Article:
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At the University of Hawaiʻi Board of Regents meeting on November 16, 2023, President David Lassner addressed the issue of the conflict in Israel and Gaza involving the campuses. Below are his remarks. You can also watch the video above.

“A month ago I shared a message with the UH community regarding the situation in Israel and Gaza. I purposely chose to focus on the health and wellbeing of our community, not on the actual events unfolding in the Middle East. Since then, like university Presidents and Chancellors around the country, I have variously faced calls to condemn the actions of Hamas on October 7 or the Israeli response. You see this in testimony to the Board of Regents this morning.

I again choose not to do so. I am not a professional politician or an international political influencer. Rather, I lead a complicated educational institution with an array of internal and external stakeholders who seldom agree about much of anything. And in this context, my singular concern as President of the University of Hawaiʻi is the wellbeing of our community and the excellence of the educational opportunity we offer to elevate the lives of our students.

First and perhaps most importantly, I am proud that our campuses have not been roiled by the kinds of physical violence and injury taking place at many other great universities around the world. I have been in multiple conversations with colleagues over the past weeks and I believe this is a credit to our unique culture of aloha, which is often challenged but seldom broken. I urge all of our students, faculty and staff to maintain that commitment to use words, not physical force, to express positions or disagreements.

Many in our community have decades, centuries and millenia of familial, religious, cultural and political connection to the complex intertwined events and history of Israel and Gaza, Jews and Palestinians. So it is natural to be deeply affected both by the events taking place there, and the reactions of others here.

Given those deep connections, we have had multiple reports of situations in which students and others have felt unsafe as the direct result of the words and sometimes actions of others. This pains me and many others greatly. But lawful free speech is not always kind.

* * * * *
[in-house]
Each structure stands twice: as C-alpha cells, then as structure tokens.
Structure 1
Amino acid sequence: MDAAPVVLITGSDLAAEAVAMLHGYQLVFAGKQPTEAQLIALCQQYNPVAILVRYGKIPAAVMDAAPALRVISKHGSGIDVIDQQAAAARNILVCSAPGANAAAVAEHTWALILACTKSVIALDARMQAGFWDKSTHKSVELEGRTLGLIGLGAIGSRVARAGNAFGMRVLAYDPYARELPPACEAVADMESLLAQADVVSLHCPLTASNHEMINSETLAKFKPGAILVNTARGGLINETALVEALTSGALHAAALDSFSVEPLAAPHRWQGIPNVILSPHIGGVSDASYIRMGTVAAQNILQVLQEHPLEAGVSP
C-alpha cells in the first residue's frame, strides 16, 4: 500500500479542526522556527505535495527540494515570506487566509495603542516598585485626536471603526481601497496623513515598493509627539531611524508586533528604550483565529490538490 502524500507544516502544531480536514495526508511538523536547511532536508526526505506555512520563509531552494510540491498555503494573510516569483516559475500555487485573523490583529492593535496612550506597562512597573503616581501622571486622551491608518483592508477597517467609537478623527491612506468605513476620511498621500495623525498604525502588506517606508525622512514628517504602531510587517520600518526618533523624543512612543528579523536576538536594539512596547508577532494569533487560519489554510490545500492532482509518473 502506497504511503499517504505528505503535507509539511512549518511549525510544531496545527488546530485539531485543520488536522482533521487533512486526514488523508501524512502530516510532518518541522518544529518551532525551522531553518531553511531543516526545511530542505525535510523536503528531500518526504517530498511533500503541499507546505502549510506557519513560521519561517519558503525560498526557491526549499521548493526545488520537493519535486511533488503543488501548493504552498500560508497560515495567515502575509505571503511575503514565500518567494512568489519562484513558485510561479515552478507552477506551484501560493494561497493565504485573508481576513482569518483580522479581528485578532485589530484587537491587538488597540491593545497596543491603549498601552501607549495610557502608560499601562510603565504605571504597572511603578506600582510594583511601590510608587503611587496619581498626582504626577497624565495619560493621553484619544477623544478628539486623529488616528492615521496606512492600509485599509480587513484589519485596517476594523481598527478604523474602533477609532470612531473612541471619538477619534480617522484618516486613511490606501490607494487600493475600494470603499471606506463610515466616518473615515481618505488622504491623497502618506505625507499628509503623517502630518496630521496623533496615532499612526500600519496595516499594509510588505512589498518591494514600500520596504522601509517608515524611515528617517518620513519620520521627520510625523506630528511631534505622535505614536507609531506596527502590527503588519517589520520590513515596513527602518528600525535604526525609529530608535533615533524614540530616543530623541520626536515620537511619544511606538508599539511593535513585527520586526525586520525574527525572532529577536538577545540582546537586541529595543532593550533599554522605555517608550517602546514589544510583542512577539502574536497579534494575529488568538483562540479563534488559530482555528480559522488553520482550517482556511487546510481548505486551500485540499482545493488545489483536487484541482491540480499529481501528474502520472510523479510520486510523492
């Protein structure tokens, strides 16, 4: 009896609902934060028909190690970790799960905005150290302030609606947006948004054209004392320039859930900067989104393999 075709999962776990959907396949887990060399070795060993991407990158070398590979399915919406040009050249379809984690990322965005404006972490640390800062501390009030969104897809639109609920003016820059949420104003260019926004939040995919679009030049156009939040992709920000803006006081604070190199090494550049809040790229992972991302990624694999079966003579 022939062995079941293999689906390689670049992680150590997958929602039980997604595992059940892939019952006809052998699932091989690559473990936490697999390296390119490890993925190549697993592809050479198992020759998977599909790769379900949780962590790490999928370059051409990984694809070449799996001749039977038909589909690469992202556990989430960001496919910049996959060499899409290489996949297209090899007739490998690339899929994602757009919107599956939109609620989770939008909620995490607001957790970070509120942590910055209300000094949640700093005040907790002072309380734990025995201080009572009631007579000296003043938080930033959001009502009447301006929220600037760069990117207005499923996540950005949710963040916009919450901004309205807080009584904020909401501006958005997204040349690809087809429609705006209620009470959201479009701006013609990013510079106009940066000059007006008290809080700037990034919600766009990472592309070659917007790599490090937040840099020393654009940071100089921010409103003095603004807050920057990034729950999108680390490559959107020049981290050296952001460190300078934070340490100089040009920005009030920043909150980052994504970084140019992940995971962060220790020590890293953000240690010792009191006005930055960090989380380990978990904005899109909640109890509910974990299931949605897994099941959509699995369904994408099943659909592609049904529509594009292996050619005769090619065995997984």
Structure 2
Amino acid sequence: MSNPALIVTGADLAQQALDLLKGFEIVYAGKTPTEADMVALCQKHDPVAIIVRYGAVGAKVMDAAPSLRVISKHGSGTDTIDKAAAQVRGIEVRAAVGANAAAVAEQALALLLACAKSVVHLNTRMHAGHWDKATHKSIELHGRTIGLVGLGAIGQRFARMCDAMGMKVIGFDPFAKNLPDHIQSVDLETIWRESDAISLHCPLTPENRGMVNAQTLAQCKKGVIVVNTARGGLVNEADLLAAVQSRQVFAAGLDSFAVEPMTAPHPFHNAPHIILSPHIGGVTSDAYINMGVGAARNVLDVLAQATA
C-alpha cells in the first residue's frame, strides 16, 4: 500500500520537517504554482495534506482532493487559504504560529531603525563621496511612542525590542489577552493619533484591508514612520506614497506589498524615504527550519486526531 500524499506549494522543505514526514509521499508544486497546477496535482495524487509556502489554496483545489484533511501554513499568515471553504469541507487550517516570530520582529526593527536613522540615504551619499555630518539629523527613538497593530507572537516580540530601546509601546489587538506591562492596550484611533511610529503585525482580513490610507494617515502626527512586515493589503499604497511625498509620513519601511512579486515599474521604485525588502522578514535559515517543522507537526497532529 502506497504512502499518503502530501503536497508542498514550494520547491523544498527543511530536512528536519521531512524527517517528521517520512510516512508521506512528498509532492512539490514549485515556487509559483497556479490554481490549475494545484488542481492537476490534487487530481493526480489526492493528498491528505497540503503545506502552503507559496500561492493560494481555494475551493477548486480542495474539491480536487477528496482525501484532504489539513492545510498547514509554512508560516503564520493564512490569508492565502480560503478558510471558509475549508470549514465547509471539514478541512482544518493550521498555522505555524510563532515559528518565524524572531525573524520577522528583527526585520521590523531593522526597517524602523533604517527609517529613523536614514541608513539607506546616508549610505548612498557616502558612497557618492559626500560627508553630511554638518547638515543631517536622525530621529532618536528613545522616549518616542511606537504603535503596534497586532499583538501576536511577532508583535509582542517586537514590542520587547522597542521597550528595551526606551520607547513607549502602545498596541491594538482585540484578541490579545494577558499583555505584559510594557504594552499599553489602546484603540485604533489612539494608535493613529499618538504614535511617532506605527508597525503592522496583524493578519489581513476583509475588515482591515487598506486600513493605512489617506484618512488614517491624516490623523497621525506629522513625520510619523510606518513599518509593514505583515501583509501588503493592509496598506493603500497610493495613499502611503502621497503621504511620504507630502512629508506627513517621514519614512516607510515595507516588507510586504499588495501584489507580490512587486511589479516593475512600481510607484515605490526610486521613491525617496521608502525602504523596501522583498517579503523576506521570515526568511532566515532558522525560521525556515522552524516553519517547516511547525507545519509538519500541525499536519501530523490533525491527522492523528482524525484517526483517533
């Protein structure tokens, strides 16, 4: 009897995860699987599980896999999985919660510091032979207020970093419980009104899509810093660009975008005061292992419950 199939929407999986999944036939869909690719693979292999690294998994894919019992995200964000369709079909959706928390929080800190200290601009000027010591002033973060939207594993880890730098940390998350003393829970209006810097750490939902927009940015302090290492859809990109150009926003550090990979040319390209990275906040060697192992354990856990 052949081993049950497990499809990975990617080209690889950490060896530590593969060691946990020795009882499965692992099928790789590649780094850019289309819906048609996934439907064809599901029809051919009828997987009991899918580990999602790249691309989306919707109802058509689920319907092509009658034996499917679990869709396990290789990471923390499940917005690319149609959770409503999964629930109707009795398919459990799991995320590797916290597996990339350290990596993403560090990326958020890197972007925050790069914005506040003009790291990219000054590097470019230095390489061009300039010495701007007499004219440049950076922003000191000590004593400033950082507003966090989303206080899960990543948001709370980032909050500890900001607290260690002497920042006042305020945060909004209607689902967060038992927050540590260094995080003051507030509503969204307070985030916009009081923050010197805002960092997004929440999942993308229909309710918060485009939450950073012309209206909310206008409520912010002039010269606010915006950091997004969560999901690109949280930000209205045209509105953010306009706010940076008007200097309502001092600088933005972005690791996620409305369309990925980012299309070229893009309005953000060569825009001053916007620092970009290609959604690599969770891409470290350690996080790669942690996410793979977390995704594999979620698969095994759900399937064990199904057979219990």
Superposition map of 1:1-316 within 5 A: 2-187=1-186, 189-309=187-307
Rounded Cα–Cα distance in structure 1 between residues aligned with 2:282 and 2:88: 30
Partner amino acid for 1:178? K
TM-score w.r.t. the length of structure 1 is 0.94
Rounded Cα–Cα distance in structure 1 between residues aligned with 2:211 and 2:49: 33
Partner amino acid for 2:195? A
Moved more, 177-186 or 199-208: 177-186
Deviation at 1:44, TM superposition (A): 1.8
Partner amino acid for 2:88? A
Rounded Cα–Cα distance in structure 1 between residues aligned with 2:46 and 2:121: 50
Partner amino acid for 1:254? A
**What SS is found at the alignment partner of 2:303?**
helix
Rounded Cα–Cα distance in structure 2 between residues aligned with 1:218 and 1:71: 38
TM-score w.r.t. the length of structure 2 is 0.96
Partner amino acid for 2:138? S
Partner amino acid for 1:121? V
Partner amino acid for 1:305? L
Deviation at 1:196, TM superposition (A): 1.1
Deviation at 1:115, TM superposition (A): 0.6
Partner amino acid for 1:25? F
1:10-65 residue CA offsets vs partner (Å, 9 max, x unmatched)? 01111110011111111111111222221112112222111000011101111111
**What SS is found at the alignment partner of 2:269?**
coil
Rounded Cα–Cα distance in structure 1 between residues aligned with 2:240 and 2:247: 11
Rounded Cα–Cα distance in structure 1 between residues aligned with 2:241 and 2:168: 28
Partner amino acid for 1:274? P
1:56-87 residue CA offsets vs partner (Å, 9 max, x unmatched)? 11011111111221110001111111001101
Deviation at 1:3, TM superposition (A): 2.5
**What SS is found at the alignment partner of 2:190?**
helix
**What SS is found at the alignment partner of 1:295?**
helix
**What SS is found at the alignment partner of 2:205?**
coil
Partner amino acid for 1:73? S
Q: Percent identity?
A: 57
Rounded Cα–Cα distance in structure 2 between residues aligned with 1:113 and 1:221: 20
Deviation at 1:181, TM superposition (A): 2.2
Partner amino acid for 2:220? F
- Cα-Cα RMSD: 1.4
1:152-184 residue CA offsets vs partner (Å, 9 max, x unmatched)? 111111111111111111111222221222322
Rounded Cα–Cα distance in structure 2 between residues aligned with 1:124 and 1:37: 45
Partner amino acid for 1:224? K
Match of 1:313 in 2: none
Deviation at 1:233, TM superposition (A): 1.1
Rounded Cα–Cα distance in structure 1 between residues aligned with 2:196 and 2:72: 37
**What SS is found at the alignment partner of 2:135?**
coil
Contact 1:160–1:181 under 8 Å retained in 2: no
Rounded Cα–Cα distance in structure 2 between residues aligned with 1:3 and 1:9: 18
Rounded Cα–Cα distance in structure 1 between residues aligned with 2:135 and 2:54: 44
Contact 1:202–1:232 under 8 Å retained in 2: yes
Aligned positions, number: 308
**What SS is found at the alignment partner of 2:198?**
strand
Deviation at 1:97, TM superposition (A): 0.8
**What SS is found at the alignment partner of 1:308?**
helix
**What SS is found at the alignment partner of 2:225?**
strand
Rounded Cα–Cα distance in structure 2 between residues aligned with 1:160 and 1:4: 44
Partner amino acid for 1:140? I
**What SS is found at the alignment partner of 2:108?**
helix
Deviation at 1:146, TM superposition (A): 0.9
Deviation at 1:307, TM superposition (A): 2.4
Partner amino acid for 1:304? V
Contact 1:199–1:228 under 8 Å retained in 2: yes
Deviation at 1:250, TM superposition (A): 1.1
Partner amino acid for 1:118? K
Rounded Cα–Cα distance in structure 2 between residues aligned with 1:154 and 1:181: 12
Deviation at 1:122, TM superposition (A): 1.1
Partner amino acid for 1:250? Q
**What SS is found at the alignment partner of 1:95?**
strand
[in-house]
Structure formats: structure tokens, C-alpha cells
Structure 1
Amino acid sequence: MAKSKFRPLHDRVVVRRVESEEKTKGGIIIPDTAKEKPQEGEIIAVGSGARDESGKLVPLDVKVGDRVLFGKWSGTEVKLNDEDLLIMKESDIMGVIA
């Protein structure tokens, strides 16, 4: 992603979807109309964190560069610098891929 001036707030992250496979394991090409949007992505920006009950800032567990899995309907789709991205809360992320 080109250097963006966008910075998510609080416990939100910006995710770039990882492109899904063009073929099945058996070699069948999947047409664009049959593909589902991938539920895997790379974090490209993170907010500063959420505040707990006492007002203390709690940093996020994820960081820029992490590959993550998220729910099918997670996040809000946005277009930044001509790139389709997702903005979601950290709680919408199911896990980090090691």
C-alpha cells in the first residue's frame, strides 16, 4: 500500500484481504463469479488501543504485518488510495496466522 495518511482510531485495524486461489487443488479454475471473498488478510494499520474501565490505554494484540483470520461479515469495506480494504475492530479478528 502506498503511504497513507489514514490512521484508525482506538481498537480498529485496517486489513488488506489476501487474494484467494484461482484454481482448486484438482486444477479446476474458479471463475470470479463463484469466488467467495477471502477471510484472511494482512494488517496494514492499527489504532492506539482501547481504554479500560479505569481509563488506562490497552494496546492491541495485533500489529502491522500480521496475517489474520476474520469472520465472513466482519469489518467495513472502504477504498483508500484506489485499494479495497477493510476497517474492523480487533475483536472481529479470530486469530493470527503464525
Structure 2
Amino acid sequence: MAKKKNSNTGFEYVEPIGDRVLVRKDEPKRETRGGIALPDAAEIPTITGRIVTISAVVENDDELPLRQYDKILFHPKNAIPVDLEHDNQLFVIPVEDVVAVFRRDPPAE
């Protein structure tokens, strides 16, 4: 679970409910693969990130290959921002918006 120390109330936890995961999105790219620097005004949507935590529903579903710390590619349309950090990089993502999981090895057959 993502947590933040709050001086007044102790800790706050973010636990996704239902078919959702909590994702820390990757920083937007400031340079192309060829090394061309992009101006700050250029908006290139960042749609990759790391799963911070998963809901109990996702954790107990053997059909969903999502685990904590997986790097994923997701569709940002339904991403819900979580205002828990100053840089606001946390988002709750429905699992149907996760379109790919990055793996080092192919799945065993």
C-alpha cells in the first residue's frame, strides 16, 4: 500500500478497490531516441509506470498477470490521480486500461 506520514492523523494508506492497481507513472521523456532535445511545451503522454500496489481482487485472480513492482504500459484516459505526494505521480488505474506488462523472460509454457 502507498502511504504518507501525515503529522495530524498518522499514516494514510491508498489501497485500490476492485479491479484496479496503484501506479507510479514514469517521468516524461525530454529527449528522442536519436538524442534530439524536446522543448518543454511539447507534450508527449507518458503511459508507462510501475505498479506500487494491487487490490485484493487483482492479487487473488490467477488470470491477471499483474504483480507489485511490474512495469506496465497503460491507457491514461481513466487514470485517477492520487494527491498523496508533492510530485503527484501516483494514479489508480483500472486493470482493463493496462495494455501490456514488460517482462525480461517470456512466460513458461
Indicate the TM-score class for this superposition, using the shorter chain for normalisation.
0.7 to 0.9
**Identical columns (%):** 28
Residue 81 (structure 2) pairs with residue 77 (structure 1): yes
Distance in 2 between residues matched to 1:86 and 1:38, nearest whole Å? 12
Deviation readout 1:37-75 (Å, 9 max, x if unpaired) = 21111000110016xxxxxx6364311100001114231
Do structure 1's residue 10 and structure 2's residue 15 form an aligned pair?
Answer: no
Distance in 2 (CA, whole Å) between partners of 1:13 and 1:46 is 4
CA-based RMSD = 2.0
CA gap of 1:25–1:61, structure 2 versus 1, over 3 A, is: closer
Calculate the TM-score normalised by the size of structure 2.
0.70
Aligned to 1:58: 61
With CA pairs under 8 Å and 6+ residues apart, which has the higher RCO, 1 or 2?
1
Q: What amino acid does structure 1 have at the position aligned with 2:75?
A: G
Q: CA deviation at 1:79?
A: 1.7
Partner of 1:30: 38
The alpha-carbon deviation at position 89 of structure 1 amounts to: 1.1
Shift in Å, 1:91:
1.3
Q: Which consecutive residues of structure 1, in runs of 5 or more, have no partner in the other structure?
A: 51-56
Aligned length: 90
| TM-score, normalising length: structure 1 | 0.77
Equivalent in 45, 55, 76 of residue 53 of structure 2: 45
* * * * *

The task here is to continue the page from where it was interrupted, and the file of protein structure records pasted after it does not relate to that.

There are inherent challenges in protecting the free speech and academic freedom of some within our community, when their protected speech hurts others.

Simply stated, we need to care for our students and employees. Last week Mānoa Provost Bruno sent a campus-wide message sharing the resources and offices available to help with individual concerns. We can’t suppress the free speech or academic freedom of others. Nor will I try to shout anyone out with my own voice. But we can do our best to help our community feel supported and safe in a complex environment that includes others expressing opposing positions in ways that have hurtful impacts.

We also need to fulfill our educational mission to prepare our students to thrive in a world that may be much less respectful than our campuses. I hope to find ways, as requested by a student who reached out to me just yesterday, to create opportunities for respectful dialog between and among those with opposing views. Universities are places that are proud to host divergent views. If we can successfully model respectful discourse about the many dimensions of this incredibly challenging topic, and I say IF, we can help our students learn ways of living outside their own bubbles—be they political, cultural or religious. We can help prepare ourselves for the next controversy—there will be more. And while respectful dialog might not change the minds of those with hardened positions, we can demonstrate approaches to discourse and even advocacy that are kinder, more respectful, more strategic and perhaps even more effective.

We all want peace in the Middle East, even if there is little agreement on how to get there. But for us, this is a time when we all need to think of those around us who have different backgrounds, perspectives and views. We need to keep hate and intolerance from our campuses and our classrooms. We need to listen to one another and show compassion for others. We need aloha.”


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